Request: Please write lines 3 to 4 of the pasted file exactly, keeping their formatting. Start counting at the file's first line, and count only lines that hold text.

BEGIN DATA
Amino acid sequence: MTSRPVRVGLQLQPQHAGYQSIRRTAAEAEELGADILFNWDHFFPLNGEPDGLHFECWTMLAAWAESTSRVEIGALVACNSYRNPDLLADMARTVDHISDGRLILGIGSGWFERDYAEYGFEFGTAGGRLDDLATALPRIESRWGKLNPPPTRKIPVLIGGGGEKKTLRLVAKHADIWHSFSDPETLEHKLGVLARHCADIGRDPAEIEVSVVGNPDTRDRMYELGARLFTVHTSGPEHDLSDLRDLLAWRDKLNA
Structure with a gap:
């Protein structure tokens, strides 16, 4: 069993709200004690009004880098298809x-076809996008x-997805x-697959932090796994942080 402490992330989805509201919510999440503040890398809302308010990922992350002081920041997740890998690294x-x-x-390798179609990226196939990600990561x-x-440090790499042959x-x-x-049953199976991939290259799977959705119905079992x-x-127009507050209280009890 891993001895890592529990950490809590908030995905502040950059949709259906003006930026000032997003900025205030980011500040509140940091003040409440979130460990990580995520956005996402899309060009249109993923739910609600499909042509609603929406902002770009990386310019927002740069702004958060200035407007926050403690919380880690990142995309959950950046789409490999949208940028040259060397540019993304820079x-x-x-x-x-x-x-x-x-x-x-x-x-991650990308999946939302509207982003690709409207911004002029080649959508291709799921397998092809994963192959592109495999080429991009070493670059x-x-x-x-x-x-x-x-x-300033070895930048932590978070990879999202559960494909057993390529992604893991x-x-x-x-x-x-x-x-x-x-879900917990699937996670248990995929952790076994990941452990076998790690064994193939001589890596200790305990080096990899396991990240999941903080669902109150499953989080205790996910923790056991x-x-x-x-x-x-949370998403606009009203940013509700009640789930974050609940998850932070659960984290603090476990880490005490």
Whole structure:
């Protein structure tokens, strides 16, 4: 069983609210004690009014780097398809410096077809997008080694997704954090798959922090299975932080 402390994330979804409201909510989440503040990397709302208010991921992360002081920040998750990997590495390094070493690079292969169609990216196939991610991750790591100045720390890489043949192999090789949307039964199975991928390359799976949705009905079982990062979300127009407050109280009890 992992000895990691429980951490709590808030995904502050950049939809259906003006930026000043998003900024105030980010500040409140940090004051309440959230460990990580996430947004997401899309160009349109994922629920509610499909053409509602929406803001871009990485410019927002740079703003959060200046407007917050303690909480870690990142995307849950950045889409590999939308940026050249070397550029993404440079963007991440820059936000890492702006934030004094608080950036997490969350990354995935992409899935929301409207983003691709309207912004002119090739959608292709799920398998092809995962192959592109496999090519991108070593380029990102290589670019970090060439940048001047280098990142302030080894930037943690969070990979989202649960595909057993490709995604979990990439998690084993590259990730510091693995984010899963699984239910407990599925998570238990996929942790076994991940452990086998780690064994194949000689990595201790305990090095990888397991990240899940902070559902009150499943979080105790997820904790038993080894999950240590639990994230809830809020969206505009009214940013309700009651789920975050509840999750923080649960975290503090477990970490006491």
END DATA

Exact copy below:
């Protein structure tokens, strides 16, 4: 069993709200004690009004880098298809x-076809996008x-997805x-697959932090796994942080 402490992330989805509201919510999440503040890398809302308010990922992350002081920041997740890998690294x-x-x-390798179609990226196939990600990561x-x-440090790499042959x-x-x-049953199976991939290259799977959705119905079992x-x-127009507050209280009890 891993001895890592529990950490809590908030995905502040950059949709259906003006930026000032997003900025205030980011500040509140940091003040409440979130460990990580995520956005996402899309060009249109993923739910609600499909042509609603929406902002770009990386310019927002740069702004958060200035407007926050403690919380880690990142995309959950950046789409490999949208940028040259060397540019993304820079x-x-x-x-x-x-x-x-x-x-x-x-x-991650990308999946939302509207982003690709409207911004002029080649959508291709799921397998092809994963192959592109495999080429991009070493670059x-x-x-x-x-x-x-x-x-300033070895930048932590978070990879999202559960494909057993390529992604893991x-x-x-x-x-x-x-x-x-x-879900917990699937996670248990995929952790076994990941452990076998790690064994193939001589890596200790305990080096990899396991990240999941903080669902109150499953989080205790996910923790056991x-x-x-x-x-x-949370998403606009009203940013509700009640789930974050609940998850932070659960984290603090476990880490005490």
Whole structure: